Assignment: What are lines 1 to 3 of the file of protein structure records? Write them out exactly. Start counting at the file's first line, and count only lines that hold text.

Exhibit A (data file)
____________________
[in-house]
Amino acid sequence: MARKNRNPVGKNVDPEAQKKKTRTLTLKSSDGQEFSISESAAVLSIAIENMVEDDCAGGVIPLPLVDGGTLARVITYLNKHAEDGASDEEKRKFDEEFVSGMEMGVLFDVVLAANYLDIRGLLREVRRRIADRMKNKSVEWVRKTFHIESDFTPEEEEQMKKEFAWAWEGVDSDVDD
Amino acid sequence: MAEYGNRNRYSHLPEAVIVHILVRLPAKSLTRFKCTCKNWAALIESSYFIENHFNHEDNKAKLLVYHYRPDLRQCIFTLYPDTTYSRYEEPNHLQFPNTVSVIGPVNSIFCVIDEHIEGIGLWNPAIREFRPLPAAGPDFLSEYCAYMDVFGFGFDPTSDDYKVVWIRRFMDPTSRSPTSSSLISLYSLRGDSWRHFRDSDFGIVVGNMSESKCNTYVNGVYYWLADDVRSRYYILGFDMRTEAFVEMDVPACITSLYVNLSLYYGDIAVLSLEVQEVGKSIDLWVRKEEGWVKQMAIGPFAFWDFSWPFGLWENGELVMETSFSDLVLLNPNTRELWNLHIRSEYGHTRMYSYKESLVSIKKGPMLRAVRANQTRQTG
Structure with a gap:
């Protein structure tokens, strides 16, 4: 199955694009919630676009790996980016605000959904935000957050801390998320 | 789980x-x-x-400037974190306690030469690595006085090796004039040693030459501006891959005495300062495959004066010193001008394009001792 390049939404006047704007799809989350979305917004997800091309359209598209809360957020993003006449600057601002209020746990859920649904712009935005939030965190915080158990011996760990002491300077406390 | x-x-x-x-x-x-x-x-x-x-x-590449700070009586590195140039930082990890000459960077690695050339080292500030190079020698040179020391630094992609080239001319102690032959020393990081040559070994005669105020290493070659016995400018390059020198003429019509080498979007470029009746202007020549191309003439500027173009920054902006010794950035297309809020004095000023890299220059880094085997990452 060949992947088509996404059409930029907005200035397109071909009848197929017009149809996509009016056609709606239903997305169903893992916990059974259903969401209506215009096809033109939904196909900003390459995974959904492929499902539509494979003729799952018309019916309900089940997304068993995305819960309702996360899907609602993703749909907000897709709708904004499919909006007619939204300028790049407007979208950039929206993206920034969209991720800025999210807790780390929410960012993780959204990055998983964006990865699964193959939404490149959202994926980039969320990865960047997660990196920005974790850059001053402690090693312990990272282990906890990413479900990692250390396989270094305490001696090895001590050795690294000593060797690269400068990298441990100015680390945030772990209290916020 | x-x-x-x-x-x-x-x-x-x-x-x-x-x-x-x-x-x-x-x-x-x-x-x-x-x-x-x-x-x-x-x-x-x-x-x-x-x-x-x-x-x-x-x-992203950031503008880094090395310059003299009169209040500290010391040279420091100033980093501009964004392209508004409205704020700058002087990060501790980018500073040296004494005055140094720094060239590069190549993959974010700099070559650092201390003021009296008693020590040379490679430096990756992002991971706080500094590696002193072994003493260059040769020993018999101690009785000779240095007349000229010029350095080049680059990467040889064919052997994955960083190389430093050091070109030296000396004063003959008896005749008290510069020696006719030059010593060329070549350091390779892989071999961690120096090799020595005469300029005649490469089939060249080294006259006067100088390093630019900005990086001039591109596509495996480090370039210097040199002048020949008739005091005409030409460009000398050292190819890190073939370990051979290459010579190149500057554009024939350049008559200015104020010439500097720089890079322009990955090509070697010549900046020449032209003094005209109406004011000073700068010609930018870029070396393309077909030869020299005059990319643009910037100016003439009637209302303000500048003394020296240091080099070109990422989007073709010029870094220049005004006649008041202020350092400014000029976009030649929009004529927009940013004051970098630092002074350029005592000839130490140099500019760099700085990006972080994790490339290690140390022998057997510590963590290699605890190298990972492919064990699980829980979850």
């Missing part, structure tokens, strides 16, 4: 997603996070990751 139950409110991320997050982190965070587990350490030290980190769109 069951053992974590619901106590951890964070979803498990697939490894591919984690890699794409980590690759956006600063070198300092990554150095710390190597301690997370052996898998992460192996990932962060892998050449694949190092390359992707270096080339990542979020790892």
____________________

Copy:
[in-house]
Amino acid sequence: MARKNRNPVGKNVDPEAQKKKTRTLTLKSSDGQEFSISESAAVLSIAIENMVEDDCAGGVIPLPLVDGGTLARVITYLNKHAEDGASDEEKRKFDEEFVSGMEMGVLFDVVLAANYLDIRGLLREVRRRIADRMKNKSVEWVRKTFHIESDFTPEEEEQMKKEFAWAWEGVDSDVDD
Amino acid sequence: MAEYGNRNRYSHLPEAVIVHILVRLPAKSLTRFKCTCKNWAALIESSYFIENHFNHEDNKAKLLVYHYRPDLRQCIFTLYPDTTYSRYEEPNHLQFPNTVSVIGPVNSIFCVIDEHIEGIGLWNPAIREFRPLPAAGPDFLSEYCAYMDVFGFGFDPTSDDYKVVWIRRFMDPTSRSPTSSSLISLYSLRGDSWRHFRDSDFGIVVGNMSESKCNTYVNGVYYWLADDVRSRYYILGFDMRTEAFVEMDVPACITSLYVNLSLYYGDIAVLSLEVQEVGKSIDLWVRKEEGWVKQMAIGPFAFWDFSWPFGLWENGELVMETSFSDLVLLNPNTRELWNLHIRSEYGHTRMYSYKESLVSIKKGPMLRAVRANQTRQTG